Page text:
Robert Morris University has seen its ups and downs of various basketball seasons. The team has made it to the “Big Dance” and then promptly gone 12 games under .500 on the ensuing season in the last two years. But this year could spell an outlook that RMU hasn’t seen in a long time, if ever.
One could credit that to a number of new faces on the rosters — others to head coach Andy Toole’s greatness as a leader.
Over the six years that Toole has been the head coach of the Colonials, his record is 120-87. The most impressive part of the record is that he is 73-33 against Northeast Conference opponents.
Along with better-than-average overall records, Toole has had marvelous post-season success.
He has managed to bring home two NEC regular-season championships and four NEC tournament championship game appearances. Toole’s success goes beyond conference play, though. He has shown time and time again that he is capable of leading this team to a new standard of play.
Toole’s high-intensity coaching style is what suits this year’s bunch of guys because this is a team that should thrive off of tenacity. This group of players is tough and should handle any challenge thrown at them.
With a mix of transfers and incoming freshmen, a number of new team members have reached a considerable total. For a team that lacked in size last season — its tallest player was a generous 6-foot-9 — RMU filled that void in a big way. This off-season, the Colonials added 6-foot-11 big man Braden Burke to the now 15-man roster.
In his senior year at Lakeshore High School in Michigan, Burke led the Lancers to a 20-8 record and the Class B state championship game. In doing so, he averaged 19.4 points per game, along with an impressive 12.2 rebounds. If the numbers don’t impress, just take into consideration that he was a nominee for McDonald’s All-American honors.
He’s certain to bring a spark to a Colonials offense that struggled for large stretches last season, not to mention being a constant shot-blocking presence down low.
Roberto Mantovani is a name not known to a lot of people. However, in the collegiate basketball world, people know him as the transfer from Cuesta College. The numbers, though less than Burke’s overall, can be looked at in a collegiate setting — an experience that Burke has yet to encounter.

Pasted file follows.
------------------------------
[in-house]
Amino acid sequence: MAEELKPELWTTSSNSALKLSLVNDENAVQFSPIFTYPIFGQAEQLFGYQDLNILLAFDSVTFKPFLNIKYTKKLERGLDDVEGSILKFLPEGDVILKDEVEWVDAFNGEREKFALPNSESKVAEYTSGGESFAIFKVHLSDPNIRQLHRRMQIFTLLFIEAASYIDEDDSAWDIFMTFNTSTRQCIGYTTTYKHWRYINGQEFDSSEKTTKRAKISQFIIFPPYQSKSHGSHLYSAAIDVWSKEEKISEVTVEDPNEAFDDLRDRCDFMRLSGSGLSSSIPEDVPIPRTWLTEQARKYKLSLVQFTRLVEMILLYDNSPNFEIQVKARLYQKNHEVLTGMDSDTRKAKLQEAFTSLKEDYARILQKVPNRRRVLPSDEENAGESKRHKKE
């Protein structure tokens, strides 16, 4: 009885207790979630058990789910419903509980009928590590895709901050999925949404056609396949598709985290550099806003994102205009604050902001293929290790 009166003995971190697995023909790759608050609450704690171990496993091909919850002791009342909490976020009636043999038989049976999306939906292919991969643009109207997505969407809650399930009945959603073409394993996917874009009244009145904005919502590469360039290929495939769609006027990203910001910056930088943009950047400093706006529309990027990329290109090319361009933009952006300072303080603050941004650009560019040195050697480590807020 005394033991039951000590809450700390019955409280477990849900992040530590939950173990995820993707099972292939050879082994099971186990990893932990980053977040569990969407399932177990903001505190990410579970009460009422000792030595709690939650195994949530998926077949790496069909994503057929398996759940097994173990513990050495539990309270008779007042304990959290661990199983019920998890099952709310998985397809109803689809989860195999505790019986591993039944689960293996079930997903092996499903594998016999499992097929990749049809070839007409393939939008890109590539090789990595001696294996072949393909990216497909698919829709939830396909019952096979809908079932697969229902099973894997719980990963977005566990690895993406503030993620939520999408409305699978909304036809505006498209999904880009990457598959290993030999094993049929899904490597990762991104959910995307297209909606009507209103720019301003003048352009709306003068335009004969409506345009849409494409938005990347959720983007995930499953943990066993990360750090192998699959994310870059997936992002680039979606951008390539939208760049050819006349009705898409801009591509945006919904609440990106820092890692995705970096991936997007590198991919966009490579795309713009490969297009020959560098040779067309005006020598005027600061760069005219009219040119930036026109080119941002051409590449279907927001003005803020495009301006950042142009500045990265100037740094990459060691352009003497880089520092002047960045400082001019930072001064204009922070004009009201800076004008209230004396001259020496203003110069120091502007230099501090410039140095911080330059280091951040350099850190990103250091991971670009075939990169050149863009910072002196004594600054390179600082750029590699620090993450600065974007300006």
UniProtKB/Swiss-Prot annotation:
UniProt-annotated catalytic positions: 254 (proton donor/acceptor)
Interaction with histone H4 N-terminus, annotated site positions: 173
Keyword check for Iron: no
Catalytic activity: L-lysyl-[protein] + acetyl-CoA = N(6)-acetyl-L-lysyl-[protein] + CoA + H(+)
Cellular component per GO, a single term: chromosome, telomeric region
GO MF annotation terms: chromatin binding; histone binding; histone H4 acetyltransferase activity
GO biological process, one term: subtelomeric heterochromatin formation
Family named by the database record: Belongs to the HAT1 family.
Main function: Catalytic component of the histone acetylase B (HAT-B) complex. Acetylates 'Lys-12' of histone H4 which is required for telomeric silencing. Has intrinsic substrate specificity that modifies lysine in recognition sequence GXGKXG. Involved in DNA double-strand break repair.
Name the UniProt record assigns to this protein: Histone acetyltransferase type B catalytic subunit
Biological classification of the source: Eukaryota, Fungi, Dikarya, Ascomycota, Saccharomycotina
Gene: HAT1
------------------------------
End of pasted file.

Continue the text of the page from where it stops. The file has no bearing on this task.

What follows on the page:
Mantovani averaged 15.5 points and 11.0 rebounds per contest. He is extremely efficient with the basketball, as he converted on roughly 49 percent of his shots. Mantovani brings it on both ends of the court, which should be no surprise for a man that said he loves to yell and be vocal on the hardwood.
In an interview recently, Mantovani said one of the reasons he came to Moon Township was because the coaches would allow him to be as loud and as vocal as he wanted to be on the court. With his voice comes toughness and leadership.
Leadership is something that left this program in the off-season in the form of Rodney Pryor. A crucial part of the offense, Pryor left somewhat of an opportunity for senior point guard Kavon Stewart. Last season, Stewart led the team in assists with 145.
This year, he is going to have to lead in something else on top of that. In his last year of eligibility, it will be on Stewart to lead this team to the Northeast Conference title and beyond.
Stewart will have help in the backcourt, coming in part from sophomore guard Matty McConnell. McConnell is mostly known for brother — NBA guard, TJ McConnell — but this isn’t necessarily a bad thing when it comes to the game of basketball. The sport is in his blood and his game goes beyond more than sibling relations.
McConnell, an Oakdale native, is a player with a very diverse playing style. He led the NEC in steals per game (1.97) last season, and he is also capable of putting the ball in the basket from wherever on the court. McConnell can shoot the rock just as good as anyone on the squad; and much like Stewart, McConnell can drive to the lane.
He will have help, as there are 14 other capable players on the roster. Several said players have been with the program for multiple years, including redshirt senior Aaron Tate.
With a season ended entirely too early by an injury, Tate earned medical redshirt status and is back and ready to prove something; that is why he’s on the squad. At just 6-foot-5, the forward is undersized for the position.
Though his numbers don’t pop out on a stat sheet, Tate makes up for it in non-measurable plays. His tenacity in the paint on offense and defense, natural rebounding ability, and uncanny ability to be in the vicinity of the ball wherever it is on the court serves as proof as to why he was named the team’s MVP in the 2014-2015 season.
This is an RMU team that has never been seen before, in many facets. This Colonials team lacks a standout superstar but makes up for it with a bunch of solid players. These players are looking to complement each other and work as a unit to take Robert Morris to new heights.